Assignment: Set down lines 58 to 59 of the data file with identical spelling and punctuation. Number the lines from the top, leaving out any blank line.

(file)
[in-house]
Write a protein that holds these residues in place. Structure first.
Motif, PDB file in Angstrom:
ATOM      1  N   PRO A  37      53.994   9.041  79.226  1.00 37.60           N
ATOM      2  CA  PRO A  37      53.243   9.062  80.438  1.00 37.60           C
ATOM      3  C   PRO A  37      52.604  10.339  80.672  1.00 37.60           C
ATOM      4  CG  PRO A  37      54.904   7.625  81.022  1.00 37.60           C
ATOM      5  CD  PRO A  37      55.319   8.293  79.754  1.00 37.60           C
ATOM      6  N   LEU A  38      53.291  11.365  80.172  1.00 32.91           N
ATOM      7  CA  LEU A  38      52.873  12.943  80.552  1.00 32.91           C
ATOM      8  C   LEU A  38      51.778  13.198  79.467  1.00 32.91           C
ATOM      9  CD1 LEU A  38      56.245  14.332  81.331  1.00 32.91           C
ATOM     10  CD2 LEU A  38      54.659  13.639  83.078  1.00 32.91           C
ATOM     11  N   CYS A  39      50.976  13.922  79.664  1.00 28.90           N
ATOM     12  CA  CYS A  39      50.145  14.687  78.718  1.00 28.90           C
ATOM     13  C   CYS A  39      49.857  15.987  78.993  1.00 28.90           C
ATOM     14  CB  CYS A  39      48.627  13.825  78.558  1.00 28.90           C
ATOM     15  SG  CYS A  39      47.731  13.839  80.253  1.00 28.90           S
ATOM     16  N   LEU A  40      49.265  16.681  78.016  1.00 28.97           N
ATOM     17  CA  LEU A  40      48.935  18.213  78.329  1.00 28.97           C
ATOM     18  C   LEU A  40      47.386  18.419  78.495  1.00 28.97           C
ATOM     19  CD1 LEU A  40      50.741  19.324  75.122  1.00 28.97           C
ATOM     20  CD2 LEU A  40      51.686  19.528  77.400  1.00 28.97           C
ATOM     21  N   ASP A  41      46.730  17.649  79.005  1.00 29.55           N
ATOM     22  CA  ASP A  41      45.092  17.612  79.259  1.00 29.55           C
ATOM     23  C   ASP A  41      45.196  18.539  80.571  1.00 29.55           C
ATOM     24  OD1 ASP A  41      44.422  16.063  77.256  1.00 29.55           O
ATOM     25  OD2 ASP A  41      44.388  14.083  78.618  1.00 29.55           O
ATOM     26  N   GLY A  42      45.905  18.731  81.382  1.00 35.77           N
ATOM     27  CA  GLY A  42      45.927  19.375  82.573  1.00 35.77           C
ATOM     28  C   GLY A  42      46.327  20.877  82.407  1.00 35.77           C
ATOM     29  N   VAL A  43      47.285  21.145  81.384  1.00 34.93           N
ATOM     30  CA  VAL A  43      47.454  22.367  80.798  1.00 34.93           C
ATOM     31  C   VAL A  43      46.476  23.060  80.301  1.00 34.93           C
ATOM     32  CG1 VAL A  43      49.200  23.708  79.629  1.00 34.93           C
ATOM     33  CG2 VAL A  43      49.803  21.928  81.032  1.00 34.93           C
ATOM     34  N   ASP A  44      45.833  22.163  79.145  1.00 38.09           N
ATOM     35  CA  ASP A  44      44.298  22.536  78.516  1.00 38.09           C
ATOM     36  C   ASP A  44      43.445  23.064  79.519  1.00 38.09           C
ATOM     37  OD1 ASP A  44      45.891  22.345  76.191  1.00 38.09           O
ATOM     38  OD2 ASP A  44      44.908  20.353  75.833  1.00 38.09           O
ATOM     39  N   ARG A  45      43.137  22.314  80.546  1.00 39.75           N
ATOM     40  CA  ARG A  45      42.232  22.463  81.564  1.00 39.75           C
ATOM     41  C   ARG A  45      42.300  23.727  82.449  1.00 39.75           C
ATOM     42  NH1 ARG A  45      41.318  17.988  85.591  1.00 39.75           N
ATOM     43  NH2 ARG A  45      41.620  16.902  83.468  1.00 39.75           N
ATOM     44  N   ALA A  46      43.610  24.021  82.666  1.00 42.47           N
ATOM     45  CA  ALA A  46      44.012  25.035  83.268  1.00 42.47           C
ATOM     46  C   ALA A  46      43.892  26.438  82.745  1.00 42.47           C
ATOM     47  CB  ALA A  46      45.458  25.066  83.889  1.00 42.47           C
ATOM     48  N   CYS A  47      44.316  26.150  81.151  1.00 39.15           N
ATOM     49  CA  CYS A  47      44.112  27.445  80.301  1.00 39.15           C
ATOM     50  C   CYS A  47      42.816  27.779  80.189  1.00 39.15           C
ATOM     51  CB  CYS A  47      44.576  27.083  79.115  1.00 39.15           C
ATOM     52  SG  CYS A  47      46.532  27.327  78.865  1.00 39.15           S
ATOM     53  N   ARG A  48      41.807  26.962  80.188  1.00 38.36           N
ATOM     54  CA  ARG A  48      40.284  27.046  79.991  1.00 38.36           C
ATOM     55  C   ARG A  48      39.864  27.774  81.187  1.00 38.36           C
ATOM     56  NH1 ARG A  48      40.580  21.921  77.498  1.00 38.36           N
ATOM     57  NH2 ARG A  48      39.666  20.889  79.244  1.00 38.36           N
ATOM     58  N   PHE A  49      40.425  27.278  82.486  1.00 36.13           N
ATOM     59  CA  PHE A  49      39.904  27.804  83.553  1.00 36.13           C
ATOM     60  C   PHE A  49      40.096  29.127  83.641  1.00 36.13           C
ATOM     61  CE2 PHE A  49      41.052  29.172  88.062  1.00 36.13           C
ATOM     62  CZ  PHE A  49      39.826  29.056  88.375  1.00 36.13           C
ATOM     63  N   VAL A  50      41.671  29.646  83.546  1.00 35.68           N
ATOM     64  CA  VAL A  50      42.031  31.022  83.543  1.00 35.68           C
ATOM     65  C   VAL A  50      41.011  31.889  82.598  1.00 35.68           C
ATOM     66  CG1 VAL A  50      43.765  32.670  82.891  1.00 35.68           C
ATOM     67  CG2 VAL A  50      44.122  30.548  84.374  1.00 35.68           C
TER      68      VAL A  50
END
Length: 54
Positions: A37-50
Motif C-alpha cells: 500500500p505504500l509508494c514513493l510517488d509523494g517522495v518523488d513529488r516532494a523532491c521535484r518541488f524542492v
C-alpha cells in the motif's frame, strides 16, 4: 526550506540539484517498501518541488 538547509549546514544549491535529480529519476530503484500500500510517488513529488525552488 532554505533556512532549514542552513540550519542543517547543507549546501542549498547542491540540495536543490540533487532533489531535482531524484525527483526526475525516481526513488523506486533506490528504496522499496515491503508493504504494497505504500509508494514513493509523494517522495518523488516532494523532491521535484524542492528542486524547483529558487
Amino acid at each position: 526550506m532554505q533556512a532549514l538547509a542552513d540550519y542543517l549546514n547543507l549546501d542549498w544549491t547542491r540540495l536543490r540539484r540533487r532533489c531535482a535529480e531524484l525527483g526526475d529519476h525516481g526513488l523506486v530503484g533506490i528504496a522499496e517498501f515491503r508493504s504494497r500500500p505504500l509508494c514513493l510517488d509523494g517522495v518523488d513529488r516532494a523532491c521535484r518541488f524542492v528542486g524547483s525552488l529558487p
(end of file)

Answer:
ATOM     55  C   ARG A  48      39.864  27.774  81.187  1.00 38.36           C
ATOM     56  NH1 ARG A  48      40.580  21.921  77.498  1.00 38.36           N